Functional Medicine assesses underlying causes and triggers of dysfunction. The functional medicine practitioner understands how the key processes are affected. These are the body's processes that keep you alive. Some occur at the cellular level and involve how cells function, repair, and maintain themselves. These processes are related to larger functions, such as:
- How your body rids itself of toxins
- Regulation of hormones and neurotransmitters
- Immune system function
- Inflammatory responses
- Digestion and absorption of nutrients and the health of the digestive tract
- Structural integrity
- Psychological and spiritual equilibrium
- How you produce energy
All of these processes are influenced by both environmental factors and genetic make-up. When they are disturbed or imbalanced, they lead to symptoms that can lead to disease if effective interventions are not applied.
How is Functional Medicine Different?
Functional medicine involves understanding the origins, prevention, and treatment of complex, chronic disease. Hallmarks of a functional medicine approach include:
- Patient-centered care. The focus of functional medicine is on patient-centered care, promoting health as a positive vitality, beyond just the absence of disease. By listening to the patient and learning his or her story, the practitioner brings the patient into the discovery process and tailors treatments that address the individual's unique needs.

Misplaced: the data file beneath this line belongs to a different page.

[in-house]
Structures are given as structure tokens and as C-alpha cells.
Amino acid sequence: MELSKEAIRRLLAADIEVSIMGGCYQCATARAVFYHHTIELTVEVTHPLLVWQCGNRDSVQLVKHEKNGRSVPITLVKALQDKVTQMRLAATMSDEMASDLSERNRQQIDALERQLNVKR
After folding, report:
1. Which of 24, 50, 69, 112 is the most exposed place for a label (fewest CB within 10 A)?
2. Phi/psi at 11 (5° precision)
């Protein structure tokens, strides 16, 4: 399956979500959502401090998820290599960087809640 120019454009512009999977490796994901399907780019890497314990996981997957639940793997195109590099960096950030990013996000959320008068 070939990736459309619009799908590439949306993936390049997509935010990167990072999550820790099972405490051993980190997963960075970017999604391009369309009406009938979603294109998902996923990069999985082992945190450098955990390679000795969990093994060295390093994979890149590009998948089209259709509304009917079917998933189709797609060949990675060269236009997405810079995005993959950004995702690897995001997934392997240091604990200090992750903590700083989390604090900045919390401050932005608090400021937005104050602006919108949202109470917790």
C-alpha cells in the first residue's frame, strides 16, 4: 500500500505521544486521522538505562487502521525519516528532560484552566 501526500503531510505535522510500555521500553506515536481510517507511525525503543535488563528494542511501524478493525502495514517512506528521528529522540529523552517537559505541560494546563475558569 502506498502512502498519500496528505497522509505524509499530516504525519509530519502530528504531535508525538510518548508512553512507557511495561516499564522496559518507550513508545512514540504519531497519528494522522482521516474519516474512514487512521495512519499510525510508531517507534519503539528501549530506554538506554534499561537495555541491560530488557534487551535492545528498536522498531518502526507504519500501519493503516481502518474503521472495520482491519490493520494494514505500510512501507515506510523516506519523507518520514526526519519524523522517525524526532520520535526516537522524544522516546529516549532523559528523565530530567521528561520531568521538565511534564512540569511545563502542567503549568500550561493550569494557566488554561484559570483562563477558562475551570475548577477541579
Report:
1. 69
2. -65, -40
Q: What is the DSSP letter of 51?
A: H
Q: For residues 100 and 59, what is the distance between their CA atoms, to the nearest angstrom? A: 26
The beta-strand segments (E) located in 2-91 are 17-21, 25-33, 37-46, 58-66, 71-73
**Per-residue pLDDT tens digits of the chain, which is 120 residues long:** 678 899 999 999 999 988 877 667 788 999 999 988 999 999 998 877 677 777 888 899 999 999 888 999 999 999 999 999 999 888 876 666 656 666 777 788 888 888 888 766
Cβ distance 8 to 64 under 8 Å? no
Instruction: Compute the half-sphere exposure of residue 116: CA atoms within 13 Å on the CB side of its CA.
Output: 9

- An integrative, science-based healthcare approach. Functional medicine practitioners look "upstream" to consider the complex web of interactions in the patient's history, physiology, and lifestyle that can lead to illness. The unique genetic makeup of each patient is considered, along with both internal (mind, body, spirit) and external (physical/social environment) factors that affect total functioning. Explore the benefits of functional medicine.
- Integrating best medical practices. Functional medicine integrates traditional Western medical practices with what are sometimes considered "alternative" or integrative" medicine. The practitioner creates a focus on prevention through nutrition, diet, exercise, use of the latest laboratory testing, and other diagnostic techniques. Prescribed combinations of drugs and/or botanical medicines, supplements, therapeutic diets, detoxification programs, or stress-management techniques may also be used.
©2005, 2006, 2007 The Institute for Functional Medicine